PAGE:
Fake It Till You Make It

Act like you have a green thumb and keep another plant from dyingZ

RUBY REDEKOPP | THE SPECTRUM Taking care of a plant isn’t as hard as you think.

Plants are hard to keep alive for anyone, let alone a busy college student, but hope is not lost. There are steps you can take to prevent the death of your beloved houseplant. Follow these five steps to gain insight into improving your plant parenting skills.

Step 1: Know the purpose of having a plant

Taking care of a plant requires some diligence. It’s easy to forget about your plant if you do not understand what motivated you to get it in the first place.

Just like in business, if you set out with a clear idea of what you want to accomplish, you will be more likely to succeed. Knowing the purpose of having a plant will keep you motivated to take care of it. So, what are some good plant purposes to have in mind before you buy a plant?

One plant mission statement could focus on the potential to boost your health. A 2016 article on Healthline reviewed by Dr. Deborah Weatherspoon lists the benefits of having an indoor plant. According to the article, plants purify the air, lower potential for illness, improve your mood and increase concentration and memory.

Another possible purpose may simply be to function as an inexpensive and trendy decoration. A splash of green will give a nice accent color to the boring, beige walls of an apartment or residence hall room. Plants can also be easily transported to a new apartment, and they don’t require you to pound nails into the wall or wrestle with Command strips.

Step 2: Choose the right type of plant

This is probably the most important step. Growing a lemon tree in your dorm room to support your new lemonade business may sound like a great idea, but some plants just aren’t meant to be caged up indoors.

A few options for easy-to-grow houseplants from a 2016 HGTV.com article titled “Forgiving Houseplants” include aloe, snake plant, rabbit’s ear, philodendron, umbrella tree and cactus.

Ask yourself these questions before you splurge on an exotic-looking plant:

  • How much light does this plant require, and how much light does my room provide?
  • Can it survive the dry air in winter? Tropical plants often require more humidity to thrive.
  • Does it need to be able to live without water during spring break? A snake plant may be the best choice.
  • What’s the ideal growing temperature for this plant?
  • Is this plant poisonous to cats or dogs? (If you have a pet.)

Step 3: Put it in the best location

No matter how hardy your plant is, it will need at least some sunshine. Keep in mind some plants will turn brown if they receive more than the recommended amount of sunlight. It’s important to read the instructions and provide the appropriate lighting. Don’t forget to open the shades on your windows too.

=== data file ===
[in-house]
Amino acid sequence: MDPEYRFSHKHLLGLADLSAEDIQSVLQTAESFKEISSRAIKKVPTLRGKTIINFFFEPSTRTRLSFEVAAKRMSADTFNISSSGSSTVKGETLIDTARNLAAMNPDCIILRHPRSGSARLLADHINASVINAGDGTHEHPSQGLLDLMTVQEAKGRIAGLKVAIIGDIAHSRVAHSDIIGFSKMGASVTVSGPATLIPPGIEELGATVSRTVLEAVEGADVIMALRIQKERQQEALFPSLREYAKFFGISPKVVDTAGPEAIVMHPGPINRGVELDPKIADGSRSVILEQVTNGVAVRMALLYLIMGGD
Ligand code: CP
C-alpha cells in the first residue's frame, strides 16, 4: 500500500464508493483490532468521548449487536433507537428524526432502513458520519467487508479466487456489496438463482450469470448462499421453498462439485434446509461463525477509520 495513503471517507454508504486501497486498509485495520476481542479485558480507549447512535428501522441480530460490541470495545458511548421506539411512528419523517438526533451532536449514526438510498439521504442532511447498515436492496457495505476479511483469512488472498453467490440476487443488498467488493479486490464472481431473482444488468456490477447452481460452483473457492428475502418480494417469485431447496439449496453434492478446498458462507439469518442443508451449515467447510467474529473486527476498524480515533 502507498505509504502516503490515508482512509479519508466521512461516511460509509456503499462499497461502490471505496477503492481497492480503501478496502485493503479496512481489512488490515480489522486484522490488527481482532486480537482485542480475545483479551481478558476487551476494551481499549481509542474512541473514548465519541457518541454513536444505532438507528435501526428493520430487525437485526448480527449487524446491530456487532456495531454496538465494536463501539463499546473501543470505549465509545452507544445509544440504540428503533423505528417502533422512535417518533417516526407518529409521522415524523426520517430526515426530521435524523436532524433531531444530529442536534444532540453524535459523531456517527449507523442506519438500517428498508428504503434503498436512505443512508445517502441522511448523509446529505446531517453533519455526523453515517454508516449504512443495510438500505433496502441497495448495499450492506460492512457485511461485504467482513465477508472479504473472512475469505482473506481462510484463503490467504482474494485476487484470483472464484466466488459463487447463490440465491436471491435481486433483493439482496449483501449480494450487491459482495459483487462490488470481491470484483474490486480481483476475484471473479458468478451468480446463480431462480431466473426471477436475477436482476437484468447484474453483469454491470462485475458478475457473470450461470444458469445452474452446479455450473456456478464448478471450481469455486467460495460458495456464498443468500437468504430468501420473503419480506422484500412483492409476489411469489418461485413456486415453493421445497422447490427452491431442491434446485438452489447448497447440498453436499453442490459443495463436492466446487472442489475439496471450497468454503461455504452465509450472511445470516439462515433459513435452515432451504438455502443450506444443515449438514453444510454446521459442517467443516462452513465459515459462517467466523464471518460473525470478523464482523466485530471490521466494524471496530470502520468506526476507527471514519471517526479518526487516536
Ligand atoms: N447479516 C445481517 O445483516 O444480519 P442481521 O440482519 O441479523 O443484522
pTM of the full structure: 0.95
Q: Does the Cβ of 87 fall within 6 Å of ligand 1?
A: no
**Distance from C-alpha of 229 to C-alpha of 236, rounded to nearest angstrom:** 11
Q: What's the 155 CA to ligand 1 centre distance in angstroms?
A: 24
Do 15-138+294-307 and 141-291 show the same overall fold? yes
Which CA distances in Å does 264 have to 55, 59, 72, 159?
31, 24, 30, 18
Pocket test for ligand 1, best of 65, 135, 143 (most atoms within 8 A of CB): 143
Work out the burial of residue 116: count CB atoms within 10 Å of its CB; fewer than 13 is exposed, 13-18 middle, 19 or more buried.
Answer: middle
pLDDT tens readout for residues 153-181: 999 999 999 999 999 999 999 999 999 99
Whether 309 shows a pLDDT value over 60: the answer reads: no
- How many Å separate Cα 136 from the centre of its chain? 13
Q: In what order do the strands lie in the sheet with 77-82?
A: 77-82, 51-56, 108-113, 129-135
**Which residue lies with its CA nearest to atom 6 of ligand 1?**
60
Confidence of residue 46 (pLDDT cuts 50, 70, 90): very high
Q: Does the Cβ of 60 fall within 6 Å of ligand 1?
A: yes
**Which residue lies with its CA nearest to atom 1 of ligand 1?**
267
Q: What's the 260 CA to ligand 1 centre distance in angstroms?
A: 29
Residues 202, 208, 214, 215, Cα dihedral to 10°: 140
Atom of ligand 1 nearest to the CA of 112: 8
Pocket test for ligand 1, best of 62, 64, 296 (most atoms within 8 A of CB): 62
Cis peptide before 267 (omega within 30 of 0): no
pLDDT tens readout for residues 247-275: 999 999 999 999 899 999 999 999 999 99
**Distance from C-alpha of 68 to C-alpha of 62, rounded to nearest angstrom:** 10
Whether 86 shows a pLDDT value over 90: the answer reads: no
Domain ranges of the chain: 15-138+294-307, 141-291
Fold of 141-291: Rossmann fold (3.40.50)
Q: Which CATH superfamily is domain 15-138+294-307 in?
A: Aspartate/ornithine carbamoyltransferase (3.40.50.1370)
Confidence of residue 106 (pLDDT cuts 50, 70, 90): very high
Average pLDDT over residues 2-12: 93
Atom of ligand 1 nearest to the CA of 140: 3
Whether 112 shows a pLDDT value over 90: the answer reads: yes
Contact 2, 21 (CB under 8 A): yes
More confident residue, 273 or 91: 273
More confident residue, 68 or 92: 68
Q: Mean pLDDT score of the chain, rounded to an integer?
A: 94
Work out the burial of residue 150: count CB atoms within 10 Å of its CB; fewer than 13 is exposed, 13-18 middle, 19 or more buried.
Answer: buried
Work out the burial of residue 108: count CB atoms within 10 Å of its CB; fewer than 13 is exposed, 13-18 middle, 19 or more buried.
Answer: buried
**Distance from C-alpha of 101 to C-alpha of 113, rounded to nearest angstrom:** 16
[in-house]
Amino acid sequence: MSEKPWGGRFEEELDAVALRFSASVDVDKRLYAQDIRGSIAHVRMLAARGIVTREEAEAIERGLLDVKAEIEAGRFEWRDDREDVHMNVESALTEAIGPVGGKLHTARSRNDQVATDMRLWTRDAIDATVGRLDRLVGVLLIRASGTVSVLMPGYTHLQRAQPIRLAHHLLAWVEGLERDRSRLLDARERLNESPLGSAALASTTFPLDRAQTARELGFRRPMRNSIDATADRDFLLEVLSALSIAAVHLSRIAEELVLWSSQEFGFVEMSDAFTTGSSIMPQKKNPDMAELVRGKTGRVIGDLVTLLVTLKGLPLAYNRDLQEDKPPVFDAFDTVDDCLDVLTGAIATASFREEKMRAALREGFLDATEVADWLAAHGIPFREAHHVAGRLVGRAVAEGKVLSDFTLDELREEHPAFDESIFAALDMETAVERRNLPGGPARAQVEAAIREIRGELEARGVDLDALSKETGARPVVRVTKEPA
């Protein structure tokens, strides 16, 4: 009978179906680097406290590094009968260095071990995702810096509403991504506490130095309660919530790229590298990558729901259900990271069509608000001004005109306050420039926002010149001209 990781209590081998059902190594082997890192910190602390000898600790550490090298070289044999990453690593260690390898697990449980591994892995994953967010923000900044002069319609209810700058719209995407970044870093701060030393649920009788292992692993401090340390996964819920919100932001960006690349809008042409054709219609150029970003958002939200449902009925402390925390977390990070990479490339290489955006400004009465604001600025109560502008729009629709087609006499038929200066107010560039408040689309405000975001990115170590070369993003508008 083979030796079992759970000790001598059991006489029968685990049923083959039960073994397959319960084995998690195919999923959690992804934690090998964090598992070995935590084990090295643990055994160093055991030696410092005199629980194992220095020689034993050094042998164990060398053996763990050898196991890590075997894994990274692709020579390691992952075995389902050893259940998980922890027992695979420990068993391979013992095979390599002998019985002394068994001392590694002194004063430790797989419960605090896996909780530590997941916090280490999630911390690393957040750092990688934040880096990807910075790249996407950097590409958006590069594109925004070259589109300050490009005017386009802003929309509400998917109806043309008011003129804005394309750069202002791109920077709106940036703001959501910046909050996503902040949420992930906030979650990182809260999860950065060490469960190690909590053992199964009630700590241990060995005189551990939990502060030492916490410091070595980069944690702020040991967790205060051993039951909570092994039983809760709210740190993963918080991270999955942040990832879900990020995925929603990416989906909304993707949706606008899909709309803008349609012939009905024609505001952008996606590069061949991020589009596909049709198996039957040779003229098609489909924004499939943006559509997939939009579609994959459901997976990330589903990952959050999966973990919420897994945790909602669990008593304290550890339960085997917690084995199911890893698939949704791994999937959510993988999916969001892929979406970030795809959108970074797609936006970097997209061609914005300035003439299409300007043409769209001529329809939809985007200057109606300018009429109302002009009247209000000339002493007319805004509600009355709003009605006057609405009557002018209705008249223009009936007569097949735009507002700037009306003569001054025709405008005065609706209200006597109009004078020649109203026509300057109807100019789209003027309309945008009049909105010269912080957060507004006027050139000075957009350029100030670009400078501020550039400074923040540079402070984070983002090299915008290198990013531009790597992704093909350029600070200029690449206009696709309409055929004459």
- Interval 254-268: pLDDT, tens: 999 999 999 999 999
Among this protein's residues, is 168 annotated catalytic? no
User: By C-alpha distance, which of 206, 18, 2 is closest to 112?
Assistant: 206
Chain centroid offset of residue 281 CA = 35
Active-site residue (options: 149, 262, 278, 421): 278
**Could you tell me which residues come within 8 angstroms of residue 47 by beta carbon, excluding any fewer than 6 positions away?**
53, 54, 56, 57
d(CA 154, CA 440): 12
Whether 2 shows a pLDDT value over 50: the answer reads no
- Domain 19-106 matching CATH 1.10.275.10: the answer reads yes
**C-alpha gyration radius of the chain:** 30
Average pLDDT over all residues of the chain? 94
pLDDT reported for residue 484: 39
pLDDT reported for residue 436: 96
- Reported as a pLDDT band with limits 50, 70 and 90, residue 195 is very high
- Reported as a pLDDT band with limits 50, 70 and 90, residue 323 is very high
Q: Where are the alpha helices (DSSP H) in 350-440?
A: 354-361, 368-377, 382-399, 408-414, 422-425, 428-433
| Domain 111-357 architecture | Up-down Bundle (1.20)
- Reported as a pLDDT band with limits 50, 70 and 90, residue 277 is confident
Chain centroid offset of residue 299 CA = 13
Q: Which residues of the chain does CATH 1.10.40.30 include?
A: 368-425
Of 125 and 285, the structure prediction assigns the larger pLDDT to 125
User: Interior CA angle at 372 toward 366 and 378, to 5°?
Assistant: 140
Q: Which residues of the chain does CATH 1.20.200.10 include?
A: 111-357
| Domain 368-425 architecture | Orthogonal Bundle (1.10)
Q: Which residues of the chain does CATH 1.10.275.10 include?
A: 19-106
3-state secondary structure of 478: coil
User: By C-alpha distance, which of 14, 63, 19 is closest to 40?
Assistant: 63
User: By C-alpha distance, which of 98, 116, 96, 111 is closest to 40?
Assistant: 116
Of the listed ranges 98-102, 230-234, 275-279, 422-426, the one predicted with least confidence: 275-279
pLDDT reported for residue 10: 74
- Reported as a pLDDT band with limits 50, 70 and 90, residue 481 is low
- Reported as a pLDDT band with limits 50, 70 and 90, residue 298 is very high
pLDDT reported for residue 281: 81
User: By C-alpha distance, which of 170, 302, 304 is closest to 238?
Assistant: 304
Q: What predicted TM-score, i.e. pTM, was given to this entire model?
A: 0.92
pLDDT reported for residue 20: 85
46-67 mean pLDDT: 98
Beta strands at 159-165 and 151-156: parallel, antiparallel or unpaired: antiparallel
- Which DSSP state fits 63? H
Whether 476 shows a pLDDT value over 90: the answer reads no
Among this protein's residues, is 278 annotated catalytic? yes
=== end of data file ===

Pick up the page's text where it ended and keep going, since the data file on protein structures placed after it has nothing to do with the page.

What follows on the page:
Temperature should also be considered, as it varies around your room. If you put your plant next to the window during winter, check to make sure the window is not leaking cold air onto your plant. The rest of your room may be warm, but your plant could still be freezing.

Additionally, if you ignore the advice from Step 2 and buy a plant that requires a humid environment, stick it in your bathroom. Steam from the shower may be able to sustain your plant.

Step 4: Don’t overwater

The amount of water that a plant needs depends greatly on the size and type of the plant, as well as the size and type of the pot. GuideToHouseplants.com advises that plants require more water in the spring and summer when they are experiencing growth spurts.

A general rule of thumb is the soil should be dry before you water. Beware of overwatering and drowning your plant. Aloe, for example, can go up to two to three weeks without being watered.

Step 5: Research caretaking tips on gardening websites

The internet has a wealth of information from avid gardeners about keeping indoor container plants alive. Look up directions for fertilizing, pruning, deadheading and repotting that are specific to your species of plant.

Finally, no matter the type of plant, you should be on the lookout for pests that may be damaging your plant little by little. Common houseplant pests include aphids, mealybugs and slugs. They are small but fierce. Online guides offer help with pest identification and options for organic and chemical treatments.

Before you know it, you will be well on your way to becoming a successful and proud plant parent.

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